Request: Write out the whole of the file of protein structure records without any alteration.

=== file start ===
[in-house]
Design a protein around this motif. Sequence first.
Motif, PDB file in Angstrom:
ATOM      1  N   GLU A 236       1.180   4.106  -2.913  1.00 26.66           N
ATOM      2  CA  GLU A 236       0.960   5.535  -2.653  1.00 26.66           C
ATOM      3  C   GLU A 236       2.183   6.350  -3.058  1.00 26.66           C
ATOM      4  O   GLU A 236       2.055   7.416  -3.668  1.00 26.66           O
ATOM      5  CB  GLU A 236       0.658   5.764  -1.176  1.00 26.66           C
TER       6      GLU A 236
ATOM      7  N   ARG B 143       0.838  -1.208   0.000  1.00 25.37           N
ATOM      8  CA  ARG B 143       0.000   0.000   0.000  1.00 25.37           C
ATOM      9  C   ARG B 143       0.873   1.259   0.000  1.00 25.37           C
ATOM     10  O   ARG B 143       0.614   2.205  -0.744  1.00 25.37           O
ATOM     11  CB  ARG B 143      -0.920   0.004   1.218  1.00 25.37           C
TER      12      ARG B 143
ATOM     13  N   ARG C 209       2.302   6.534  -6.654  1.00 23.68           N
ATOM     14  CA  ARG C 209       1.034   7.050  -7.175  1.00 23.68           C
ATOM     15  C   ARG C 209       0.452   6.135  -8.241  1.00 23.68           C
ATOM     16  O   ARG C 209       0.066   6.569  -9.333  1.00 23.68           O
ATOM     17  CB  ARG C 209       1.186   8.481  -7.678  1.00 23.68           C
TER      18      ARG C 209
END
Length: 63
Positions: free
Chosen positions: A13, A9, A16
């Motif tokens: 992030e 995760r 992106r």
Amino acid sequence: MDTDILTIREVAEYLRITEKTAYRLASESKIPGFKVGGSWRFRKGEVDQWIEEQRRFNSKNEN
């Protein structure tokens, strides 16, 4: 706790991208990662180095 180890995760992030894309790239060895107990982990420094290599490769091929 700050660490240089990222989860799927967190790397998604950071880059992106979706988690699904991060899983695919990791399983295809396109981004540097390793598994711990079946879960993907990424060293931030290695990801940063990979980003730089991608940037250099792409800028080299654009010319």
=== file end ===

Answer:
[in-house]
Design a protein around this motif. Sequence first.
Motif, PDB file in Angstrom:
ATOM      1  N   GLU A 236       1.180   4.106  -2.913  1.00 26.66           N
ATOM      2  CA  GLU A 236       0.960   5.535  -2.653  1.00 26.66           C
ATOM      3  C   GLU A 236       2.183   6.350  -3.058  1.00 26.66           C
ATOM      4  O   GLU A 236       2.055   7.416  -3.668  1.00 26.66           O
ATOM      5  CB  GLU A 236       0.658   5.764  -1.176  1.00 26.66           C
TER       6      GLU A 236
ATOM      7  N   ARG B 143       0.838  -1.208   0.000  1.00 25.37           N
ATOM      8  CA  ARG B 143       0.000   0.000   0.000  1.00 25.37           C
ATOM      9  C   ARG B 143       0.873   1.259   0.000  1.00 25.37           C
ATOM     10  O   ARG B 143       0.614   2.205  -0.744  1.00 25.37           O
ATOM     11  CB  ARG B 143      -0.920   0.004   1.218  1.00 25.37           C
TER      12      ARG B 143
ATOM     13  N   ARG C 209       2.302   6.534  -6.654  1.00 23.68           N
ATOM     14  CA  ARG C 209       1.034   7.050  -7.175  1.00 23.68           C
ATOM     15  C   ARG C 209       0.452   6.135  -8.241  1.00 23.68           C
ATOM     16  O   ARG C 209       0.066   6.569  -9.333  1.00 23.68           O
ATOM     17  CB  ARG C 209       1.186   8.481  -7.678  1.00 23.68           C
TER      18      ARG C 209
END
Length: 63
Positions: free
Chosen positions: A13, A9, A16
């Motif tokens: 992030e 995760r 992106r």
Amino acid sequence: MDTDILTIREVAEYLRITEKTAYRLASESKIPGFKVGGSWRFRKGEVDQWIEEQRRFNSKNEN
């Protein structure tokens, strides 16, 4: 706790991208990662180095 180890995760992030894309790239060895107990982990420094290599490769091929 700050660490240089990222989860799927967190790397998604950071880059992106979706988690699904991060899983695919990791399983295809396109981004540097390793598994711990079946879960993907990424060293931030290695990801940063990979980003730089991608940037250099792409800028080299654009010319």